Visit your local Rolls Royce dealer or go to www.Rolls-RoyceMotorCars.com to learn more.
It’s big, bold, and beautiful. After spending a week with the Cadillac Escalade, I can understand why it is the vehicle of choice for celebrities to be driven around in and soccer moms to drive. With a length of 203 inches (224 inches on the ESV model) few SUV’s come close in sheer size and none have the prestige of Cadillac brand.
There is no doubt that this vehcile can be intimidating to drive, but after a few days behind the wheel, it quickly grew on me. Having such a large vehcile means that you as the driver have room to stretch out. Instead of sitting in a coach airline seat while you drive, you are sitting in the first class cabin.
The driver and front passenger get to enjoy unusually larger seats along with a gigantic center armrest – no more numbing elbows. The surfaces are covered in luxury materials such as soft leather, open pore wood, alcantara and brushed aluminum. Turning the steering wheel while driving around town is effortless, which makes the massaging seats even more enjoyable. Unfortunately finding the button to turn on the massage seats though is a chore. It is located next to the seat controls at the base of the seat with limited settings. What isn’t a chore though is charging your phone… A wireless charging pad (case required for the iPhone) is affixed to the top of the center consol armrest. Simply place your phone on top of it and it magically starts charging.
Another really inovative feature on the Cadillac Escalade is the backup camera system, which is magically projected into the rear view mirror. It creates an intuitive way to see what is behind you. The placement be very useful if you are hauling large objects or have tall people in the back, prohibiting you from seeing the cars behind you. The backup camera works great in both day and night driving conditions. If the light omitted bothers you, with a flip of a switch, you can deactivate it and the rear view mirror goes from high-tech to low-tech.
Second the third row passengers get some goodies to play with too. Three video screens paired with wireless headphones keep everyone entertained. And if surfing the internet is more your thing, the Cadillac Escalade features a 4G LTE hotspot thanks to OnStar. To keep those devices charged, multiple cigarette outlet and household two-prong outlets are scattered throughout the cabin.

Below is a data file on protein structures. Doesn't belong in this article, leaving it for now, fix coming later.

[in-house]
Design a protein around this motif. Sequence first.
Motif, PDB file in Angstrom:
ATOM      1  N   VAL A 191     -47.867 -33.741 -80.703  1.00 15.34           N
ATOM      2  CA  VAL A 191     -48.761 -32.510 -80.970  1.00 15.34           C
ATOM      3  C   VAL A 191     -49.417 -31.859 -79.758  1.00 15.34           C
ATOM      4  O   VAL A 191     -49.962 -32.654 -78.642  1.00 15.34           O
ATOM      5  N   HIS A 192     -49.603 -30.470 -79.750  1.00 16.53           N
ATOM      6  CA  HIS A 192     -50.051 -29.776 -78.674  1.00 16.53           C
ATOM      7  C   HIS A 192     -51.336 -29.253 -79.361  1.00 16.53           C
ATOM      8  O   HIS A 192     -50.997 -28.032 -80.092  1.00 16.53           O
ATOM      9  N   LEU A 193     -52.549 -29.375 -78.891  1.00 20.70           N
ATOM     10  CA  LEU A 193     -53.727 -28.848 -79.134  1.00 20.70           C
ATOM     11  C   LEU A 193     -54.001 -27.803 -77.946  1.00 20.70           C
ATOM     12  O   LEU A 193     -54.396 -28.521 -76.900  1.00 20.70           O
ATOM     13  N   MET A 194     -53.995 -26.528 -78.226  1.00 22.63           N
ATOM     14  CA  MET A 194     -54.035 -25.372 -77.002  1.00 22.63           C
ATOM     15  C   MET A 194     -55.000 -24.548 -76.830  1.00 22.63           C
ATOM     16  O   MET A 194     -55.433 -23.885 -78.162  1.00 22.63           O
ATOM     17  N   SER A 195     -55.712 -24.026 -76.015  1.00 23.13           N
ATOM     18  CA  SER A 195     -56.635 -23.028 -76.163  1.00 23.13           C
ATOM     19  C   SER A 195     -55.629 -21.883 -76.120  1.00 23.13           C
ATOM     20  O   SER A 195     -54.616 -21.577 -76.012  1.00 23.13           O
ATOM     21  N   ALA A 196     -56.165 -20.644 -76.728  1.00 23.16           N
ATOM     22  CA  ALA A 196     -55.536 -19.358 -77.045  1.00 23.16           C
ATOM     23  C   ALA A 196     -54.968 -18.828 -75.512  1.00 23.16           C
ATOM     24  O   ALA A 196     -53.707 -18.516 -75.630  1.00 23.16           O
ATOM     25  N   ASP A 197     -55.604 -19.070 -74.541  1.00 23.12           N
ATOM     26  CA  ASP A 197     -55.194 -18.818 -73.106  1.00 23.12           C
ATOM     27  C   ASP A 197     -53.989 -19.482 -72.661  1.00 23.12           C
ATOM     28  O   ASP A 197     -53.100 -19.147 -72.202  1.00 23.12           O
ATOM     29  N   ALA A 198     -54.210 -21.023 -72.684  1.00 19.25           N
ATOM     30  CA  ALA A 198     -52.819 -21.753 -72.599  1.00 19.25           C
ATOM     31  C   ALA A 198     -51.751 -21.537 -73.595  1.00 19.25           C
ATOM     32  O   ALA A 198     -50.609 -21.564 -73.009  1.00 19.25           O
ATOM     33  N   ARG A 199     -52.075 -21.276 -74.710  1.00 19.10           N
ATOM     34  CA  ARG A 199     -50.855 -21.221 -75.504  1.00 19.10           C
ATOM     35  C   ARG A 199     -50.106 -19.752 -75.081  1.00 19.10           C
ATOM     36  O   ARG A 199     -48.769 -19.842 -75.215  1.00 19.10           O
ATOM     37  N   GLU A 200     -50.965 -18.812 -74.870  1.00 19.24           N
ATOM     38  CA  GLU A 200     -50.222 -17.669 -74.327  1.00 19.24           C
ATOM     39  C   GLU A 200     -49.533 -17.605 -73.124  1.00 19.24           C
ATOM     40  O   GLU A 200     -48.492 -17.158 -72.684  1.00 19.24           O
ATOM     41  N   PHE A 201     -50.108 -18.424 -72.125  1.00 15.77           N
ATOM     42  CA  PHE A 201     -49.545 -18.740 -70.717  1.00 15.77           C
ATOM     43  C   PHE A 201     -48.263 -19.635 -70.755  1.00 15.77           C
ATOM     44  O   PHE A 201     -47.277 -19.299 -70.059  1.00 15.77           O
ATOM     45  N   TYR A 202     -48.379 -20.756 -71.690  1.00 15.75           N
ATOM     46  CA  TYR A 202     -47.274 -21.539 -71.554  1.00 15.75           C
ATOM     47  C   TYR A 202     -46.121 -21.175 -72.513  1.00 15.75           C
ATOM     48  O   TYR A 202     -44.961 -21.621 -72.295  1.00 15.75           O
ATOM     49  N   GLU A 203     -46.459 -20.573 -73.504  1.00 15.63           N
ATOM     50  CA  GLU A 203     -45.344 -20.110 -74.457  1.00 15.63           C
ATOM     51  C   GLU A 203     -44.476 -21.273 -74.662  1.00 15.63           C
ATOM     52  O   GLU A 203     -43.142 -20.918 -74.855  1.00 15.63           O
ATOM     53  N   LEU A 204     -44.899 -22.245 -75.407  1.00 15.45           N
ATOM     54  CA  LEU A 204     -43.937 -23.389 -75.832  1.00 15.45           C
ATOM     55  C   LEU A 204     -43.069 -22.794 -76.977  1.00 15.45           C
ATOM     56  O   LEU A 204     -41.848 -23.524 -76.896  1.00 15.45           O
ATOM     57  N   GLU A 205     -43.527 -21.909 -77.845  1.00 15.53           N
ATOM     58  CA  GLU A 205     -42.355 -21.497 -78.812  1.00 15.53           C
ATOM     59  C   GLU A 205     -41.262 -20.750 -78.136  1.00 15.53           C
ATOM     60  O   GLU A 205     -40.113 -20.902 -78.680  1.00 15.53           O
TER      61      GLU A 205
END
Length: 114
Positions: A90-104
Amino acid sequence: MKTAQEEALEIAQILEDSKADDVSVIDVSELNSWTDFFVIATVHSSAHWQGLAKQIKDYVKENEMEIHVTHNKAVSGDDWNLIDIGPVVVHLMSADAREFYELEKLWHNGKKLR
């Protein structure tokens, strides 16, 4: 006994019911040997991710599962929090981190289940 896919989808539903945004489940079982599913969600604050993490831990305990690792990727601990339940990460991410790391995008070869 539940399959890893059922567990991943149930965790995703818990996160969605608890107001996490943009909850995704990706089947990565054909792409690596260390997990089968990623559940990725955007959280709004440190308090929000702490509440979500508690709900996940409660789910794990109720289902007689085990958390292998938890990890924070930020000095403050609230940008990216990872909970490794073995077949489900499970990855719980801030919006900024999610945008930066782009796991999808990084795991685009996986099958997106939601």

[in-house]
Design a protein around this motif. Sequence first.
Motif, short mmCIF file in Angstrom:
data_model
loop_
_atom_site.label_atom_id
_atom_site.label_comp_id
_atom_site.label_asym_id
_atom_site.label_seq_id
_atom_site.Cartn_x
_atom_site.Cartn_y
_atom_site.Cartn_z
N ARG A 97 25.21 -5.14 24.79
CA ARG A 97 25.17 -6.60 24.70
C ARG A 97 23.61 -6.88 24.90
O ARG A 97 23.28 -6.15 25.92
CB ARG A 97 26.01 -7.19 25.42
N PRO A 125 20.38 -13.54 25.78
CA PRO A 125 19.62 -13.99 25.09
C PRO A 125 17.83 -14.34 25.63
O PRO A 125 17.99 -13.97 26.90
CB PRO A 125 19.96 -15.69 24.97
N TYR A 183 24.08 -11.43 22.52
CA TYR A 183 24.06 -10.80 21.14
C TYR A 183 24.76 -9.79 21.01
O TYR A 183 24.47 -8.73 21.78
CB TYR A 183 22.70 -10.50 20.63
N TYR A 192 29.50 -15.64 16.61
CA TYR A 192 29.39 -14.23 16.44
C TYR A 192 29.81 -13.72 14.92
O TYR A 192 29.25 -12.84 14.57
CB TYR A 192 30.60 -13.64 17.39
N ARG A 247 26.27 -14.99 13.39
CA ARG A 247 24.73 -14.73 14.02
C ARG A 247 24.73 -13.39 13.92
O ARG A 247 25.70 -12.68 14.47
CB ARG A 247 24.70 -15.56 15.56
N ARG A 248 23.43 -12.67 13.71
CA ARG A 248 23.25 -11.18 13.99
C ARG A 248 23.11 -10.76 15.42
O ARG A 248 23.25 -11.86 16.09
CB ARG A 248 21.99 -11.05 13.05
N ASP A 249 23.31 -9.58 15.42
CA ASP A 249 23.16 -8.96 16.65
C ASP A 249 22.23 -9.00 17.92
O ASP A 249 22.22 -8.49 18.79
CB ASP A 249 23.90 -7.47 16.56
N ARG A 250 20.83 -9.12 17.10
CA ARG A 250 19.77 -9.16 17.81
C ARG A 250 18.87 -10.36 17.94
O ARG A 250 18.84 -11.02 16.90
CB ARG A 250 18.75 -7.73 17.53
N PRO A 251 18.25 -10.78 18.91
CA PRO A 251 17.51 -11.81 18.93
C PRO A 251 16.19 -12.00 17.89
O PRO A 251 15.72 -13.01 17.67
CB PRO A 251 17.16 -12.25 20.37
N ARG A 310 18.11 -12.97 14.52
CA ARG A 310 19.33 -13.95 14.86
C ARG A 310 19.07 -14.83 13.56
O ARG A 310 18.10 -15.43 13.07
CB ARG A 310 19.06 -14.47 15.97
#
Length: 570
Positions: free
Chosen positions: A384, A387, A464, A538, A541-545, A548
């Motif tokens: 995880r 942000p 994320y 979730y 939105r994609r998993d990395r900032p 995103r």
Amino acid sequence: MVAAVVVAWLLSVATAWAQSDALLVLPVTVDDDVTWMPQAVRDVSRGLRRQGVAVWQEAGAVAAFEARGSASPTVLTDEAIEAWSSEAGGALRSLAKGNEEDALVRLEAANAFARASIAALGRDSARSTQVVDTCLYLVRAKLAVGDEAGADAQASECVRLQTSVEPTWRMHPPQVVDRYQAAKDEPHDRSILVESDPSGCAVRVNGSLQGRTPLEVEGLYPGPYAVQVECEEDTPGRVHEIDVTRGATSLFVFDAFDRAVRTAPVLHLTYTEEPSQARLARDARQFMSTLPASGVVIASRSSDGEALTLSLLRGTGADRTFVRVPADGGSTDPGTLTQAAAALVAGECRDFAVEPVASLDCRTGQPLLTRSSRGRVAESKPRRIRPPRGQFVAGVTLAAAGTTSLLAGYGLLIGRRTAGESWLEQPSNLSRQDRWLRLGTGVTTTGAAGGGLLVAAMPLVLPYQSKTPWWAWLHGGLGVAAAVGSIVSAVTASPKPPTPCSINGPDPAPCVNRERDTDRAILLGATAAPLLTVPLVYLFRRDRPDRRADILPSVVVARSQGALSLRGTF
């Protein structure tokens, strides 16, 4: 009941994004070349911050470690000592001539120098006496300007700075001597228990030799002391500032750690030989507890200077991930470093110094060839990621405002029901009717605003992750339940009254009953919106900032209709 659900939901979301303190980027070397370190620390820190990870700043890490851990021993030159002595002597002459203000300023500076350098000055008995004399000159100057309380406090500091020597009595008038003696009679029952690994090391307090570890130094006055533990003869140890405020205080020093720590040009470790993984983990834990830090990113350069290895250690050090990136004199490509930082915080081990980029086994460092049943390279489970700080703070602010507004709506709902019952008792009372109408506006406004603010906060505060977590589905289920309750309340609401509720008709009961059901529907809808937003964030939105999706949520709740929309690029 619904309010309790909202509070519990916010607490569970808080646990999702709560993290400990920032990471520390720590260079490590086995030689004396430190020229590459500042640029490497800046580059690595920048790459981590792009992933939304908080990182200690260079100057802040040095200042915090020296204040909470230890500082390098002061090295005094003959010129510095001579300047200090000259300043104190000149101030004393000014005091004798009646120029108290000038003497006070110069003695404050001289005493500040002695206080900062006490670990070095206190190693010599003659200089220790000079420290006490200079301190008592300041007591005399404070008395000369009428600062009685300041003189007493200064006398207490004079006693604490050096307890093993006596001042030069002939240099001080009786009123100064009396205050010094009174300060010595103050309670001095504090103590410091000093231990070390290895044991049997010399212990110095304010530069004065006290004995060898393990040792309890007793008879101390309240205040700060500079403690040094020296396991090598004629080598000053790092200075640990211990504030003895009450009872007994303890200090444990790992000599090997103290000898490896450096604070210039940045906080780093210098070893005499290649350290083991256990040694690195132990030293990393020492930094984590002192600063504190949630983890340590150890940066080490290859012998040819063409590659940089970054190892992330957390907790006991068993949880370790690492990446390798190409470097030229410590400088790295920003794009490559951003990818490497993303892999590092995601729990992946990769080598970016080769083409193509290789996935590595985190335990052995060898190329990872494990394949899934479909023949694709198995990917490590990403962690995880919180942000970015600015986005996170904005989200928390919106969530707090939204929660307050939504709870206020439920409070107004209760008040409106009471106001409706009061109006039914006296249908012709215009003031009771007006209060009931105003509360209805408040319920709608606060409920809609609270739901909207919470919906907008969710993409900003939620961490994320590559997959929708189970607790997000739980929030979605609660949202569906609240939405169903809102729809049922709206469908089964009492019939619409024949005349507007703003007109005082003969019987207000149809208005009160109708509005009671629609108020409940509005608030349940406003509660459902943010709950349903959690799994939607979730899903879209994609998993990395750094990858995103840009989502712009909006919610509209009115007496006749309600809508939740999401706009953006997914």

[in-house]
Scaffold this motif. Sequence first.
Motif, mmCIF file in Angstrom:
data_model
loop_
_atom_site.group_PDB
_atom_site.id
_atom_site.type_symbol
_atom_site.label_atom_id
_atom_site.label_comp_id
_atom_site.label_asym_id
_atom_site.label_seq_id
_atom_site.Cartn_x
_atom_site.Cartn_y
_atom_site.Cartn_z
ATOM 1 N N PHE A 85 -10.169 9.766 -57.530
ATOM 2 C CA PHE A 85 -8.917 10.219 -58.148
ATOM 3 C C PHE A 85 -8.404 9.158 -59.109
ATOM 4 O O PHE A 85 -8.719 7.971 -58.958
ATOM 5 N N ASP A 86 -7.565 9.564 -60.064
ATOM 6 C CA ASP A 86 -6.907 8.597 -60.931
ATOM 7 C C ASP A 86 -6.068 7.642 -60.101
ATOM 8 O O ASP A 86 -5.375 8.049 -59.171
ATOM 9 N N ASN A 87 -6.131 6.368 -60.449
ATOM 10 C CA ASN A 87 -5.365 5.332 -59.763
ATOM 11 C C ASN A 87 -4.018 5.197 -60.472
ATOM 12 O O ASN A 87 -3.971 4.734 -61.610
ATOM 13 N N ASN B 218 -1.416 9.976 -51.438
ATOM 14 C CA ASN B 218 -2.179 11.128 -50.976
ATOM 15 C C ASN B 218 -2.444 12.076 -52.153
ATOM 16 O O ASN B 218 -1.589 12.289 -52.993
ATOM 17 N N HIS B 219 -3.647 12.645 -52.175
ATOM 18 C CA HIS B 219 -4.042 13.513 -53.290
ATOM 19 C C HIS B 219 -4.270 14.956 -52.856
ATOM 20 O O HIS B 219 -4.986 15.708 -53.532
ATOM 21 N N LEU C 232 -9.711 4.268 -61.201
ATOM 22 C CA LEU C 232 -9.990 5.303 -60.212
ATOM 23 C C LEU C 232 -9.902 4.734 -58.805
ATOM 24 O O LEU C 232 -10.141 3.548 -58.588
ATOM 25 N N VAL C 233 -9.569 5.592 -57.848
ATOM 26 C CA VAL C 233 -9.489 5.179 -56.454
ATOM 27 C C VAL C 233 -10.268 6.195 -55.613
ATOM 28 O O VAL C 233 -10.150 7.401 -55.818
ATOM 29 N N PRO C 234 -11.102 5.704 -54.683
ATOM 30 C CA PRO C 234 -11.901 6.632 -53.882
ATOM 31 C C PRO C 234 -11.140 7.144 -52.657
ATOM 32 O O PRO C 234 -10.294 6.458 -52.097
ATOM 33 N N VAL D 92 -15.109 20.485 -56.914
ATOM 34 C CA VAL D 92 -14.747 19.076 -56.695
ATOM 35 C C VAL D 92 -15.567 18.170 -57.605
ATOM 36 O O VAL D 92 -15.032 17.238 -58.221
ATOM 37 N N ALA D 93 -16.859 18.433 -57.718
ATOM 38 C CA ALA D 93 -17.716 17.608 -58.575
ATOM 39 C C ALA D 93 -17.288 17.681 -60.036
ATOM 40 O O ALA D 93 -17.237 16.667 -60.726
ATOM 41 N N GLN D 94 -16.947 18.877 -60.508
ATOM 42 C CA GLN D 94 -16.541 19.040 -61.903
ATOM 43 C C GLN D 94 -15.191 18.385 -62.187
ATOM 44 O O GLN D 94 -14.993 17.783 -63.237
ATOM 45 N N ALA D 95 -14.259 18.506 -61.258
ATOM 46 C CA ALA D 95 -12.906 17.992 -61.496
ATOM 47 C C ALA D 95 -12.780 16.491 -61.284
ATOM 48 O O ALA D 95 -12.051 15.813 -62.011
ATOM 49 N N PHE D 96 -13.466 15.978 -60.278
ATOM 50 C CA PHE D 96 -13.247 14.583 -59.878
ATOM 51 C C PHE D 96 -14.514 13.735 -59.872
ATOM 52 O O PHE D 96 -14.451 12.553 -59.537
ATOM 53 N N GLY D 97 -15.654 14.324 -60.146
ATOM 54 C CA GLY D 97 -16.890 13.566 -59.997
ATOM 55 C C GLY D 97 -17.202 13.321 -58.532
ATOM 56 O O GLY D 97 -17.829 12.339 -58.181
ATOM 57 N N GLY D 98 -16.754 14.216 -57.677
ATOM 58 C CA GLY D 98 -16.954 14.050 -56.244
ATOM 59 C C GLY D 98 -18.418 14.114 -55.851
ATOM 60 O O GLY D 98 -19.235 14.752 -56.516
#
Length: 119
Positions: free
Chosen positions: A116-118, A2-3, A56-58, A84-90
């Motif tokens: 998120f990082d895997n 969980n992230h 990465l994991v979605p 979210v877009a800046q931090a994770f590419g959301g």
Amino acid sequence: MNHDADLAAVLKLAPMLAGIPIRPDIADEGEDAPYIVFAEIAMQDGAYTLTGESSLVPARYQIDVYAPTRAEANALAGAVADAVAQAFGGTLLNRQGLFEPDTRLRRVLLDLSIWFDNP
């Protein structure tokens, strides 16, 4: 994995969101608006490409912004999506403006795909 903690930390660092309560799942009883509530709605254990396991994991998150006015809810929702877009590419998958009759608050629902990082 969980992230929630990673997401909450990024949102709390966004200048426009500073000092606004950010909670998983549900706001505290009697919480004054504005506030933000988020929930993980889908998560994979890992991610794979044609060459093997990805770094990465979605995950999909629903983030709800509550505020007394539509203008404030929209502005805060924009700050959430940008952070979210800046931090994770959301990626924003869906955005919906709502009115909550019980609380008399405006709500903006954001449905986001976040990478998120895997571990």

All of these features, luxury amenities, and the size, make the 2017 Cadillac Escalade the ultimate people mover. It is ready to tackle anything, from driving executives around town in style to taking five kids and the dog on a family road trip. The best part is, you can pick one up starting at $73,395. Note that the vehcile I tested was fully loaded and price at around $96,000.
I have driven the Subaru BRZ a bunch of times, both as a Subaru and as the Toyota FRS variant. Biggest difference between the two is that the Subaru version has a slightly fancier interior. The vehicles are basically one in the same because the BRZ was a combined effort between Subaru and Toyota. The two companies set out to build a low-budget low center of gravy two-wheel drive sports coupe that would keep you grinning from ear to ear as you apexed each turn of a country road.
In my previous reviews of the BRZ, I discussed its road handling characteristics, its performance characteristics, and its interior design. So for this story, I want to highlight BRZ’s track work, or lack of track work to be specific. I say lack of track work because I have seen the Subaru BRZ (or Scion/Toyota FRS) on the track less than a handful of time. This is shocking because I am on track at least a dozen times a year with SCCA and PCA. The BRZ could be one of the best kept secrets for track work, because the car handles exceptionally well and it is low cost. Miata’s dominate the amateur racing world for that very same reason, but the Miata is convertible, which inherently isn’t as a safe or as rigid as a coupe. There are also dozen of performance mods for the BRZ that are seemingly low cost – you can check them out first hand at almost every Cars & Coffee outing.
So for those of you looking for your next track car, I urge you to take a second look at the Subaru BRZ. It is a peppy little sports coupe with the heart of a go-kart.
Daily driver and roadster rarely fits into the same sentence unless you are a complete car enthusiast. That’s because roadsters traditionally trade comfort for the ride of a lifetime. Some classic roadsters such as the Jaguar XK120 roadster didn’t even have rollup windows! And if you think that is unpleasant, the Porsche 550 Spyder didn’t even have a top! Those lavish features were meant for “convertibles.” Modern roadsters have power windows and most have automatic cloth top.
Mercedes-Benz, staying true to the motto “The best or nothing,” has brought comfort back to the roadster – first with the SLK in 1996 and now again, 20 years later, with the SLC.
The car’s best feature is its retractable automatic hardtop. It allows the SLC to transform within seconds from a roadster to a sporty coupe. You literally get the best of both worlds! There is no more saying that roadsters are too noisy on the highway or that they are too hot during the summer (or too cold during the winter for my northern friends). Some might argue that modern rag tops are just as well insulated as hard top convertibles – they might be – but I don’t think so. When I am driving with the top up on a rag top, I am constantly wishing in the back of my mind that the weather was nice enough to put the top down. When I drove the Mercedes SLC43 AMG with the top up, I kept thinking to myself how great the coupe experience is.